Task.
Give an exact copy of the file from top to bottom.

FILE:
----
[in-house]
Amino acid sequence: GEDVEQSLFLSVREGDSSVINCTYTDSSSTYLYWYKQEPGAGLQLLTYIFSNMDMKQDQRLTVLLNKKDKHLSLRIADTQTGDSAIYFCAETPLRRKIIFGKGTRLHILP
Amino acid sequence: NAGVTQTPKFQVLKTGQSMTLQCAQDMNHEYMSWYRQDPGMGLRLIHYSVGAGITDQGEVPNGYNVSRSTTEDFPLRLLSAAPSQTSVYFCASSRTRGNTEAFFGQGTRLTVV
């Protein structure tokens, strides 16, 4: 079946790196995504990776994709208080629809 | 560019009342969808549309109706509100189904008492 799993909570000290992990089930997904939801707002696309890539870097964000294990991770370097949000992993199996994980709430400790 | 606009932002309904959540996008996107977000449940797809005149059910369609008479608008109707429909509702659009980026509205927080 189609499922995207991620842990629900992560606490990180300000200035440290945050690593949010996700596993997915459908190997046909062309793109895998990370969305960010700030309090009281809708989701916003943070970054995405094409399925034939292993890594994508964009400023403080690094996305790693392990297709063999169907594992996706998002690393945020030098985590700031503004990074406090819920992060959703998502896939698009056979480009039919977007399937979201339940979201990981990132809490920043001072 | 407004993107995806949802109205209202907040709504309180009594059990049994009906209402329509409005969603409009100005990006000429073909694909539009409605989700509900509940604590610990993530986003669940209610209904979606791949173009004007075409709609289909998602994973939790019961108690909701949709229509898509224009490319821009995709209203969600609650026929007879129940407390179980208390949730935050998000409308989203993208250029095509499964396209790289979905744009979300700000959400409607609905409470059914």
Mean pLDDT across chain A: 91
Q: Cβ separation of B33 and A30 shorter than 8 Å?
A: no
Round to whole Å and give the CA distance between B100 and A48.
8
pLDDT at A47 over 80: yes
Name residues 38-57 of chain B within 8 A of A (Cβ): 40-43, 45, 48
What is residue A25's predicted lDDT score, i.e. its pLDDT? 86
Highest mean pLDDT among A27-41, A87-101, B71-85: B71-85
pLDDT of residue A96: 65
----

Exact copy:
[in-house]
Amino acid sequence: GEDVEQSLFLSVREGDSSVINCTYTDSSSTYLYWYKQEPGAGLQLLTYIFSNMDMKQDQRLTVLLNKKDKHLSLRIADTQTGDSAIYFCAETPLRRKIIFGKGTRLHILP
Amino acid sequence: NAGVTQTPKFQVLKTGQSMTLQCAQDMNHEYMSWYRQDPGMGLRLIHYSVGAGITDQGEVPNGYNVSRSTTEDFPLRLLSAAPSQTSVYFCASSRTRGNTEAFFGQGTRLTVV
């Protein structure tokens, strides 16, 4: 079946790196995504990776994709208080629809 | 560019009342969808549309109706509100189904008492 799993909570000290992990089930997904939801707002696309890539870097964000294990991770370097949000992993199996994980709430400790 | 606009932002309904959540996008996107977000449940797809005149059910369609008479608008109707429909509702659009980026509205927080 189609499922995207991620842990629900992560606490990180300000200035440290945050690593949010996700596993997915459908190997046909062309793109895998990370969305960010700030309090009281809708989701916003943070970054995405094409399925034939292993890594994508964009400023403080690094996305790693392990297709063999169907594992996706998002690393945020030098985590700031503004990074406090819920992060959703998502896939698009056979480009039919977007399937979201339940979201990981990132809490920043001072 | 407004993107995806949802109205209202907040709504309180009594059990049994009906209402329509409005969603409009100005990006000429073909694909539009409605989700509900509940604590610990993530986003669940209610209904979606791949173009004007075409709609289909998602994973939790019961108690909701949709229509898509224009490319821009995709209203969600609650026929007879129940407390179980208390949730935050998000409308989203993208250029095509499964396209790289979905744009979300700000959400409607609905409470059914």
Mean pLDDT across chain A: 91
Q: Cβ separation of B33 and A30 shorter than 8 Å?
A: no
Round to whole Å and give the CA distance between B100 and A48.
8
pLDDT at A47 over 80: yes
Name residues 38-57 of chain B within 8 A of A (Cβ): 40-43, 45, 48
What is residue A25's predicted lDDT score, i.e. its pLDDT? 86
Highest mean pLDDT among A27-41, A87-101, B71-85: B71-85
pLDDT of residue A96: 65